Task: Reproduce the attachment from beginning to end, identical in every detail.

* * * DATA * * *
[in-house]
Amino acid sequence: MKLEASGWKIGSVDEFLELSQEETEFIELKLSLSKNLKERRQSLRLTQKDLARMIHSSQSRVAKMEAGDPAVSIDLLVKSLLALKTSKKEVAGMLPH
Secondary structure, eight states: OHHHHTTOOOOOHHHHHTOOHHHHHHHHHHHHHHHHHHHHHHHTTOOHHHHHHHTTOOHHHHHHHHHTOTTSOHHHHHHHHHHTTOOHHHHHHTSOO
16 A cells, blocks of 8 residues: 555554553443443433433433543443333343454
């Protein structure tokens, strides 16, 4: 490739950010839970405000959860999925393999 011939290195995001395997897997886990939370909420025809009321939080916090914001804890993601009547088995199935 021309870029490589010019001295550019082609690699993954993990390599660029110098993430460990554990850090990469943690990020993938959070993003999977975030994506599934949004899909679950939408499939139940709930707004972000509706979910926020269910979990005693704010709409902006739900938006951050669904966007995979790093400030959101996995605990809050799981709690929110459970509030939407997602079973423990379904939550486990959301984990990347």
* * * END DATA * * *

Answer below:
[in-house]
Amino acid sequence: MKLEASGWKIGSVDEFLELSQEETEFIELKLSLSKNLKERRQSLRLTQKDLARMIHSSQSRVAKMEAGDPAVSIDLLVKSLLALKTSKKEVAGMLPH
Secondary structure, eight states: OHHHHTTOOOOOHHHHHTOOHHHHHHHHHHHHHHHHHHHHHHHTTOOHHHHHHHTTOOHHHHHHHHHTOTTSOHHHHHHHHHHTTOOHHHHHHTSOO
16 A cells, blocks of 8 residues: 555554553443443433433433543443333343454
């Protein structure tokens, strides 16, 4: 490739950010839970405000959860999925393999 011939290195995001395997897997886990939370909420025809009321939080916090914001804890993601009547088995199935 021309870029490589010019001295550019082609690699993954993990390599660029110098993430460990554990850090990469943690990020993938959070993003999977975030994506599934949004899909679950939408499939139940709930707004972000509706979910926020269910979990005693704010709409902006739900938006951050669904966007995979790093400030959101996995605990809050799981709690929110459970509030939407997602079973423990379904939550486990959301984990990347």